21 August 2017

Better Ruby serialization into JSON

JsonDumper

Serialize Ruby into JSON. Cleaner. Faster.

Rails is at its best when it comes to convention over configuration. Responders gem provides a nice way to serialize ruby objects into json using Object#as_json. Unfortunately this style of serialization crumbles when your app needs to present the same resource in different views, to different users with different permissions.
Of course we have jBuilder. But if you ask me its DSL looks a bit ugly and not intuitive. Also it cannot eager load needed associations so you have to handle this burden yourself.

In this article I am going to explain how to work with JsonDumper gem which hopefully solves former problems.
Its main goals are:

  • help serialize Ruby objects and ActiveRecord objects into json
  • help organize your code
  • solve N+1 query problem

Usage

Let's say you want to serialize Human object, which has many Cars.
First define a class that is going to serialize Human:


class HumanJson < JsonDumper::Base
  def preview
    {
      id: id,
      first_name: first_name,
      last_name: last_name,
      born_at: created_at.strftime('%m/%d/%Y')
    }
  end
end

you can call it like that:


john = Human.create(
  first_name: 'John',
  last_name: 'Doe',
  created_at: 20.years.ago
)

json = HumanJson.preview(john)
json == {
  id: 1,
  first_name: 'John',
  last_name: 'Doe',
  born_at: '09/19/1997'
}

Whenever you invoke a method on a JsonDumper::Base instance and it is missing a similar method is invoked on the object you passed to the serializer. For example in the snippet above a method id is going to be called on john object.


{
  id: id,
  ...
}

Let's introduce an association into the mix:


class CarJson < JsonDumper::Base
  def preview
    {
      id: id,
      name: name,
    }
  end
end

class HumanJson < JsonDumper::Base
  # ...
  def details
    preview.merge(
      car: CarJson.preview(car)
    )
  end
end

ferrari = Car.create(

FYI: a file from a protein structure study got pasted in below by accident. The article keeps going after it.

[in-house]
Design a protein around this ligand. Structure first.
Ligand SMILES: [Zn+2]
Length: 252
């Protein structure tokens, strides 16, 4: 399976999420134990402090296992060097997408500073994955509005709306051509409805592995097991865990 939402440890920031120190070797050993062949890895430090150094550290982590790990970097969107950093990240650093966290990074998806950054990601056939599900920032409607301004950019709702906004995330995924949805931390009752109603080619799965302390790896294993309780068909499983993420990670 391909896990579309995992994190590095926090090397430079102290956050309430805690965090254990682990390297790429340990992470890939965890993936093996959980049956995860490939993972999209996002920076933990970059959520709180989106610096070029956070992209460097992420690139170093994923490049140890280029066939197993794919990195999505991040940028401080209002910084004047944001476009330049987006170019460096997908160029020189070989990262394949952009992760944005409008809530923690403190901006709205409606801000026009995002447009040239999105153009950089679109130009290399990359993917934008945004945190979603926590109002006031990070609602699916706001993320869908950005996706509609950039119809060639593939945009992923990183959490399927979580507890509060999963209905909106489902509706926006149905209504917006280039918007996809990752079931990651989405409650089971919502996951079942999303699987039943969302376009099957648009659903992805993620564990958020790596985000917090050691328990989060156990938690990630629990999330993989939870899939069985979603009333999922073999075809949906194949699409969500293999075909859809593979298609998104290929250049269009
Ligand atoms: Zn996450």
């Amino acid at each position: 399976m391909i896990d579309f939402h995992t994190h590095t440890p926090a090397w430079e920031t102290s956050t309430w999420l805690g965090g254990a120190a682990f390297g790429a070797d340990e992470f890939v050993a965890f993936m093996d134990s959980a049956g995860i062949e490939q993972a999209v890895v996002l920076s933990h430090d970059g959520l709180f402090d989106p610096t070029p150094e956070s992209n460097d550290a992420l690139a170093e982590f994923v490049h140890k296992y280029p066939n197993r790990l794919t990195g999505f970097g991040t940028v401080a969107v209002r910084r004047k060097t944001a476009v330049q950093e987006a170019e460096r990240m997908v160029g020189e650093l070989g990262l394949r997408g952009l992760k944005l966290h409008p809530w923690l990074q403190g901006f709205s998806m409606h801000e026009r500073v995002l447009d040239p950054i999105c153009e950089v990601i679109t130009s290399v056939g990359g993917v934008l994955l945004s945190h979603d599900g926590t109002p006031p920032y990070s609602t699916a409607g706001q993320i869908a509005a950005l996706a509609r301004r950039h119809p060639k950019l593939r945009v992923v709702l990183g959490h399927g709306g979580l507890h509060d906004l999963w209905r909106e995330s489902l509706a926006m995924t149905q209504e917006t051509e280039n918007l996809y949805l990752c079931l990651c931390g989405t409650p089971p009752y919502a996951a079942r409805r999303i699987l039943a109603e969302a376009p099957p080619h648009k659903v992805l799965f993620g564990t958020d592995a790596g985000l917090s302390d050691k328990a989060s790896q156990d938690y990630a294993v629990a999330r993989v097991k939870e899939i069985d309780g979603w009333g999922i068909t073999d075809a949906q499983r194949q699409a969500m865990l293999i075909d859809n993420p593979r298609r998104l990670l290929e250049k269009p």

name: 'Ferrari',
)
john.car = ferrari

json = HumanJson.details(john)
json == {
  id: 1,
  first_name: 'John',
  last_name: 'Doe',
  born_at: '09/19/1997',
  car: {
    id: 1,
    name: 'Ferrari'
  }
}

This structure provides a very clean way to specify dependencies for ActiveRecord preloader:


class HumanJson < JsonDumper::Base
  def preview
    # ...
  end

  def preview_preload
    {}
  end

  def details
    # ...
  end

  def details_preload
    preview_preload.merge(car: [])
  end
end

Furthermore you can omit defining preview_preload because JsonDumper returns empty hashes ({}) whenever a method does not exist and its name ends with _preload.
You can utilize it in the following way:


preloader = ActiveRecord::Base::Preloader.new
preloader.preload(john, HumanJson.details_preload)
json = HumanJson.details(john)

Another cool feature that you can now do is to do both preloading and serialization in a single command via fetch_METHOD_NAME. This creates a special JsonDumper::Delayed object which delays its execution until it's time to render. This allows to do preloading at render time.
Since this is a common operation you can include JsonDumper::Base in your controller.


class HumansController < ActionController::Base
  include JsonDumper::Helper

  def show
    human = Human.find(params[:id])
    json = dumper_json(
      my_human: HumanJson.fetch_details(human)
    )
    render json: json
  end

  # OR

  def show
    human = Human.find(params[:id])
    render_dumper_json(
      my_human: HumanJson.fetch_details(human)
    )
  end
end

# going to render:
{
  myHuman: {
    id: 1,
    firstName: 'John',
    lastName: 'Doe',
    bornAt: '09/19/1997',
    car: {
      id: 1,
      name: 'Ferrari'
    }
  }
}

Take a note that dumper_json also camelizes your keys.

Usage with Gon

This gem also provides a seamless integration with Gon gem.
The above example could be rewritten in the following way:


class HumansController < ActionController::Base
  def show
    human = Human.find(params[:id])
    gon.my_human = HumanJson.fetch_details(human)
  end
end

Later in your javascript:


console.log(gon.myHuman);

If you have any questions / suggestions feel free to contact me.
Full code of JsonDumper can be found here.